Sudan’s army chief, General Abdel Fattah al-Burhan, has said that he will not participate in any government that comes after a transition period and denied that the army was responsible for the deaths of protesters who were demonstrating against the seizure of the Military power.
Anti-coup protests across the country have taken place since the army took power on October 25, but have been met with deadly repression.
At least 14 protesters have been killed and some 300 injured, according to the independent Sudanese Central Committee of Doctors.
“It is our promise, a promise we made to ourselves, to the Sudanese people, and to the international community, that we are committed to completing the democratic transition, holding elections on time, and not stopping any political activity as long as it is peaceful. , and within the limits of the constitutional declaration and the parts that have not been suspended, ”al-Burhan told Al Jazeera in comments broadcast on Sunday.
“We are committed to handing over power to a civilian government of national jurisdiction and we are committed to preserving the transition from any interference that may hinder it,” he continued.
Al-Burhan also denied that the army was responsible for the deaths of protesters.
“The Sudanese army does not kill citizens, and there are investigative committees to reveal what happened,” he said.
The interview was broadcast as anti-coup demonstrations continued in the capital Khartoum and several other cities, increasing pressure against the military amid the continuing political crisis.
Dozens of teachers demonstrated against the army in front of the Ministry of Education in Khartoum. According to the teachers union, at least 80 protesters were arrested in Khartoum on Sunday. There were no reports of casualties.
Al Jazeera’s Resul Serdar, who spoke to Burhan, said the general said that people have the right to protest peacefully.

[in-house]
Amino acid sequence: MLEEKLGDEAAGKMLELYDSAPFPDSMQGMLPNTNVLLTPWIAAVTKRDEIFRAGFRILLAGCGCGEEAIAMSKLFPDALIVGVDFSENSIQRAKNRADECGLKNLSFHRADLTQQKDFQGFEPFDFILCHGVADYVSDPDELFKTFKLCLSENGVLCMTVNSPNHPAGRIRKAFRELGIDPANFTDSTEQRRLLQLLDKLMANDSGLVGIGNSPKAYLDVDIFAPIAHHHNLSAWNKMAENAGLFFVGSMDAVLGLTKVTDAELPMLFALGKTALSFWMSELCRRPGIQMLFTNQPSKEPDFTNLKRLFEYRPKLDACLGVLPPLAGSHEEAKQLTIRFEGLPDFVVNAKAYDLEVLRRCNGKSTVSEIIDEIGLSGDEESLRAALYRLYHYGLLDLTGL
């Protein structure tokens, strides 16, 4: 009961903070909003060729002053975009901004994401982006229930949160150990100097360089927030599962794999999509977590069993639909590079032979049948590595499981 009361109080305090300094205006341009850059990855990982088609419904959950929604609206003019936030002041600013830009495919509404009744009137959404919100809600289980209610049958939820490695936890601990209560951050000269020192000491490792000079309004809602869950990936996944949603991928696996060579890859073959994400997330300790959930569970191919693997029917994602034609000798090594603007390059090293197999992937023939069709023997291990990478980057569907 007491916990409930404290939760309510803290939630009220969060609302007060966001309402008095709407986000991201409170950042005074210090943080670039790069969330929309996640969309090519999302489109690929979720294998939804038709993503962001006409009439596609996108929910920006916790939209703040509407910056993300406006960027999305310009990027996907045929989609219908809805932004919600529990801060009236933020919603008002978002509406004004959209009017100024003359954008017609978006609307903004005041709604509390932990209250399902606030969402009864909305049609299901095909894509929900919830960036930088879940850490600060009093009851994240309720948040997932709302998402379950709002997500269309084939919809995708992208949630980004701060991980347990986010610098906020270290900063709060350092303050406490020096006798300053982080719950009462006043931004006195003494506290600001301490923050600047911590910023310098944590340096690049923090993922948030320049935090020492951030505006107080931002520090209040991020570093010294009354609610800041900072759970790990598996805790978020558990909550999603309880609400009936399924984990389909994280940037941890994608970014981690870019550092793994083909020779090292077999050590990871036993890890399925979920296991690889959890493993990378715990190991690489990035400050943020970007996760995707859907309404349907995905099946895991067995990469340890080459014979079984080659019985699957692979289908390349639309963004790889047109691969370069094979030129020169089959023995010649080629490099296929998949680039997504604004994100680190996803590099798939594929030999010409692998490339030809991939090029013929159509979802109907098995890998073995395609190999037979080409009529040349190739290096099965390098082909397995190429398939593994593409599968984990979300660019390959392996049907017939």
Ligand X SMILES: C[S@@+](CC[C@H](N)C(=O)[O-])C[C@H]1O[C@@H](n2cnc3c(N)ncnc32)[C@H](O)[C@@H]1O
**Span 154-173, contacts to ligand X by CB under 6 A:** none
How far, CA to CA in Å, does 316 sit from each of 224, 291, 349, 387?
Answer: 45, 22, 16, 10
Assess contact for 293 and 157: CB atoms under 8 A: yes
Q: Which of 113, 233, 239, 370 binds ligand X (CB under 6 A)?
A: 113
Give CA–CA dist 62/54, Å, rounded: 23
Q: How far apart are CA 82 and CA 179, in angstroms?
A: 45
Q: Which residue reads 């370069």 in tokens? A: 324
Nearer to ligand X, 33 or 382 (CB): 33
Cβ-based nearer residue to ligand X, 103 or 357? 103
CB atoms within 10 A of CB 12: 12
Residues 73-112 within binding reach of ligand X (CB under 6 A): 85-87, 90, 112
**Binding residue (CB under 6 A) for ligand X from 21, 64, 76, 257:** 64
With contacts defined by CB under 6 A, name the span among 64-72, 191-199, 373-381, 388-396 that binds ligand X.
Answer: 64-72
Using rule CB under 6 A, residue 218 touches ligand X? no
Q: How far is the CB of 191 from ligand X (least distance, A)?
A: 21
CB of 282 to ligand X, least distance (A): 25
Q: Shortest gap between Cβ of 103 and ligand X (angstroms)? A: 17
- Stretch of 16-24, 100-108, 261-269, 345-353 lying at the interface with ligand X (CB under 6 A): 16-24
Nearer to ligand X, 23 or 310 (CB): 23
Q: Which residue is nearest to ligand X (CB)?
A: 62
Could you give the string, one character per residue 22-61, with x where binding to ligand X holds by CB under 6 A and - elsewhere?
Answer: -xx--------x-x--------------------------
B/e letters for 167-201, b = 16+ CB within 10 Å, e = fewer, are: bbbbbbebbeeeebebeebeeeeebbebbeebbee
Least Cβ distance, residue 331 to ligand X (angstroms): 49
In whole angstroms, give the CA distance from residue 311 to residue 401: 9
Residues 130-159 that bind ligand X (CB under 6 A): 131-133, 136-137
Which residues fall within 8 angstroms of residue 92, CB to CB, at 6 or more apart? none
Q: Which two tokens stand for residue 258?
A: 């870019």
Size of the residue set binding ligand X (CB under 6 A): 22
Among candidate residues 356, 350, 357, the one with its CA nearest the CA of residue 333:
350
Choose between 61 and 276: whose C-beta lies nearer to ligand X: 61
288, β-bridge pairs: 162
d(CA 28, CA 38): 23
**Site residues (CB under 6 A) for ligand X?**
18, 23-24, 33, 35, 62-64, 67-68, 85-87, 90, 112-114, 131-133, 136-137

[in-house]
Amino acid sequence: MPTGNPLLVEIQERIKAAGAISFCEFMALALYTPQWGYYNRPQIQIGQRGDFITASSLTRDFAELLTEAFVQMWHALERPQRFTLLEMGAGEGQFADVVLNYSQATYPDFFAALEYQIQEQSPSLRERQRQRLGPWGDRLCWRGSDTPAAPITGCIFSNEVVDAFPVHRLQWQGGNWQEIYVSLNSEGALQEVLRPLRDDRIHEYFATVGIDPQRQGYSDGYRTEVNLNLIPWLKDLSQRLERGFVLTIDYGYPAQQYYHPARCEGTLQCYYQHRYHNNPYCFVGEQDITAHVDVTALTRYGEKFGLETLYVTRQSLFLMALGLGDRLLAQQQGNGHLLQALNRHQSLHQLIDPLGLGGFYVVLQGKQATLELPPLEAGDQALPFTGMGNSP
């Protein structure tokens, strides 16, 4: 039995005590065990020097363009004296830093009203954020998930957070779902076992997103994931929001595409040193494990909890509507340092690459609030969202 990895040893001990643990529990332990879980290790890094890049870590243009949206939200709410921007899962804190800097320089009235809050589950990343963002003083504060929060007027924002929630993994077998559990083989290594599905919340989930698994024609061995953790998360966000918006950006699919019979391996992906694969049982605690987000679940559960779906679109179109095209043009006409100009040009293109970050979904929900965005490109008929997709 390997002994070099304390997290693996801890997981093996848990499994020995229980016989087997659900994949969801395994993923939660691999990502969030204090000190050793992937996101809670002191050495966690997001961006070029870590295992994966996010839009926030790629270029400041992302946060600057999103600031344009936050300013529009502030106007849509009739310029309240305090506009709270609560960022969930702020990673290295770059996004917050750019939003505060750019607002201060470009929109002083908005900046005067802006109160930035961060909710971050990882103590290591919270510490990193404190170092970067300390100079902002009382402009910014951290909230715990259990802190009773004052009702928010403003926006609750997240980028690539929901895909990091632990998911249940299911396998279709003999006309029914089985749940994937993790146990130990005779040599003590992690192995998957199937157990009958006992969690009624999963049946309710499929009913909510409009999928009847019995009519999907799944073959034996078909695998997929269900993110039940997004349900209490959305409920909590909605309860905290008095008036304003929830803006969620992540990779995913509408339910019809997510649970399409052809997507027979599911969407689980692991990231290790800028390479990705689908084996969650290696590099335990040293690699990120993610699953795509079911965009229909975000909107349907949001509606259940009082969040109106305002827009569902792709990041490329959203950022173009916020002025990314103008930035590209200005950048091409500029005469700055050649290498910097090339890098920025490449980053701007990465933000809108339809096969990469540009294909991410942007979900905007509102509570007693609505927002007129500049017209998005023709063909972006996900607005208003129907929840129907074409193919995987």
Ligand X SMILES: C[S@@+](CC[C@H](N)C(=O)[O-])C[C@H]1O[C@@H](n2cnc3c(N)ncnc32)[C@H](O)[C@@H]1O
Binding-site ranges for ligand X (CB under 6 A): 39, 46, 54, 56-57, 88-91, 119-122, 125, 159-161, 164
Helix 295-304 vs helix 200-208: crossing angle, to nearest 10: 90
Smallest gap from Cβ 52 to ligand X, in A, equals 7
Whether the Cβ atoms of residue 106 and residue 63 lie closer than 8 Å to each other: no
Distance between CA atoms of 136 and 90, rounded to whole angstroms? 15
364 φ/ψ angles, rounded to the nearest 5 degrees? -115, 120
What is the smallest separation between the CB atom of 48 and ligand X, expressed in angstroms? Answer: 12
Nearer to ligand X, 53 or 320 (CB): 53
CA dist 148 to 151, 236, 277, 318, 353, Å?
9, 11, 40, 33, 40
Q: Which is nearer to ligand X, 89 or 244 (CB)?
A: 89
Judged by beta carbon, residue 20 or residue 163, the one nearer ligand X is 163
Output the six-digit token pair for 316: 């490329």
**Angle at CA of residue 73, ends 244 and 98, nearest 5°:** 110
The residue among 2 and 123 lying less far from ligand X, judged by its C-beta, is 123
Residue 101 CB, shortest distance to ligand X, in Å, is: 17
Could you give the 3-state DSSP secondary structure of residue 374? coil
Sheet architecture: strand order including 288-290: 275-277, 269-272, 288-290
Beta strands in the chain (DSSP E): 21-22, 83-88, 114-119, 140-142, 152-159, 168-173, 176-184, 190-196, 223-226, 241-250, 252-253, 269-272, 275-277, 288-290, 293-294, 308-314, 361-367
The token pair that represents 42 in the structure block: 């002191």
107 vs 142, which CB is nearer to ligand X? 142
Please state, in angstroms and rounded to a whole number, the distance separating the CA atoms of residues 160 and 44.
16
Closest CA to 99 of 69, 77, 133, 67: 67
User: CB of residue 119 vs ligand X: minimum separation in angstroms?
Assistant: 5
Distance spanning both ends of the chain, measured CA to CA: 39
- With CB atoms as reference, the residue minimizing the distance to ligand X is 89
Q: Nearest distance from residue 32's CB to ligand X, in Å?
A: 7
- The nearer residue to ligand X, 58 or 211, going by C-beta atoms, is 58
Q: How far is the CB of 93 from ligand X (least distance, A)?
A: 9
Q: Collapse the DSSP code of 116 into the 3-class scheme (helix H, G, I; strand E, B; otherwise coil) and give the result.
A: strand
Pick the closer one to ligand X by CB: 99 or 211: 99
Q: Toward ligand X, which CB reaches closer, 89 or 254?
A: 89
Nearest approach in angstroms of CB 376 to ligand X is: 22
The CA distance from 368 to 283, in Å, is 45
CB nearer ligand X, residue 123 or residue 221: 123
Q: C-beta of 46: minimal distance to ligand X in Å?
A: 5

Burhan said talks are ongoing with political parties and figures, including deposed Prime Minister Abdalla Hamdok. [regarding] reach a consensus to form a government, ”Serdar said, speaking from Khartoum.
“He said he hopes to reach an agreement in the next 24 hours, despite various obstacles.”
Tear gas fired as protests continue
Earlier on Sunday, Sudanese security forces fired tear gas at several anti-coup rallies, and protesters in several cities joined a call for two days of civil disobedience and a strike campaign to protest against the military takeover of the month. last.
Calls for civil disobedience were led by the Sudanese Professionals Association (SPA), a group of unions that were also instrumental in the protests that led to the ouster of veteran strongman Omar al-Bashir in April 2019.
“The Sudanese people have rejected the military coup,” the SPA said, promising “no negotiation, no association.”
The SPA’s appeals for civil disobedience were distributed via text messages, to avoid internet outages since the coup.
Hundreds of anti-coup protesters demonstrated in Khartoum, as well as in its sister city of Omdurman, Wad Madni to the south and the northern city of Atbara.
“The authority belongs to the people,” they chanted and “no, not to the military government,” as they demanded a “civil government.”
“Demonstrators took barricades in the streets, set car tires on fire, shouted against the military regime and chanted that civil government is the people’s choice,” said Hoda Othman, who witnessed the protests in Omdurman.
The military takeover sparked international condemnation, including cuts in punitive aid and demands for a speedy return to civilian rule.
Al-Burhan insists that “it was not a coup” but a move to “rectify the course of the transition.”
On Sunday separately, a high-level Arab League delegation held separate talks with al-Burhan and the deposed civilian leader, Abdalla Hamdok, on “the importance of the military-civilian partnership” and ways to “resolve the issues. disagreements “.
Hamdok, who is still under house arrest at his residence in Khartoum, has insisted on releasing government officials and politicians detained in connection with the coup. He also wants “guarantees” that the military will revert to pre-coup power-sharing agreements, the official said.
On Thursday, the military released four civilian members of the government, but key officials are still in detention.